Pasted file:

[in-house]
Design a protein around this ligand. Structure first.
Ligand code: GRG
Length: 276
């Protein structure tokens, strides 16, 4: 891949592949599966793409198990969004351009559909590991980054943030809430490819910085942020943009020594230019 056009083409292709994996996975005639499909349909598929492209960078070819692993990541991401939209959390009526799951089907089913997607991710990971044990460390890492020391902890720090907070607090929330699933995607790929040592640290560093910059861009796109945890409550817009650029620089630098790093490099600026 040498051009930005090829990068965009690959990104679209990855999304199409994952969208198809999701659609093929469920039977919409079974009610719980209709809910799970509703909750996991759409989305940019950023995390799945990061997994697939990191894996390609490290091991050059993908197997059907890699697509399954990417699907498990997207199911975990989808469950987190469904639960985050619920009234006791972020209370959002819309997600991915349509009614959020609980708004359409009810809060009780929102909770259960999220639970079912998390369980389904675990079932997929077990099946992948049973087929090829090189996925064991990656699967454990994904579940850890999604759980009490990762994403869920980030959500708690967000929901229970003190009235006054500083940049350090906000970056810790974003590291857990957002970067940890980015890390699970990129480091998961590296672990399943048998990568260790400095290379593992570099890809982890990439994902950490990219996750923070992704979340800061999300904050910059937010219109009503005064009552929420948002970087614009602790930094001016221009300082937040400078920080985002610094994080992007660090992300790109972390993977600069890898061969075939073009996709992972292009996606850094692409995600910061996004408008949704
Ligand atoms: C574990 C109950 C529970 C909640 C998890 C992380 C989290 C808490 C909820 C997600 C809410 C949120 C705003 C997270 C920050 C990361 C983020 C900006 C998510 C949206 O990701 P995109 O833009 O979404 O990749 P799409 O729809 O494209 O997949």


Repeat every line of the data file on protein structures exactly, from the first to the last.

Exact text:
[in-house]
Design a protein around this ligand. Structure first.
Ligand code: GRG
Length: 276
């Protein structure tokens, strides 16, 4: 891949592949599966793409198990969004351009559909590991980054943030809430490819910085942020943009020594230019 056009083409292709994996996975005639499909349909598929492209960078070819692993990541991401939209959390009526799951089907089913997607991710990971044990460390890492020391902890720090907070607090929330699933995607790929040592640290560093910059861009796109945890409550817009650029620089630098790093490099600026 040498051009930005090829990068965009690959990104679209990855999304199409994952969208198809999701659609093929469920039977919409079974009610719980209709809910799970509703909750996991759409989305940019950023995390799945990061997994697939990191894996390609490290091991050059993908197997059907890699697509399954990417699907498990997207199911975990989808469950987190469904639960985050619920009234006791972020209370959002819309997600991915349509009614959020609980708004359409009810809060009780929102909770259960999220639970079912998390369980389904675990079932997929077990099946992948049973087929090829090189996925064991990656699967454990994904579940850890999604759980009490990762994403869920980030959500708690967000929901229970003190009235006054500083940049350090906000970056810790974003590291857990957002970067940890980015890390699970990129480091998961590296672990399943048998990568260790400095290379593992570099890809982890990439994902950490990219996750923070992704979340800061999300904050910059937010219109009503005064009552929420948002970087614009602790930094001016221009300082937040400078920080985002610094994080992007660090992300790109972390993977600069890898061969075939073009996709992972292009996606850094692409995600910061996004408008949704
Ligand atoms: C574990 C109950 C529970 C909640 C998890 C992380 C989290 C808490 C909820 C997600 C809410 C949120 C705003 C997270 C920050 C990361 C983020 C900006 C998510 C949206 O990701 P995109 O833009 O979404 O990749 P799409 O729809 O494209 O997949």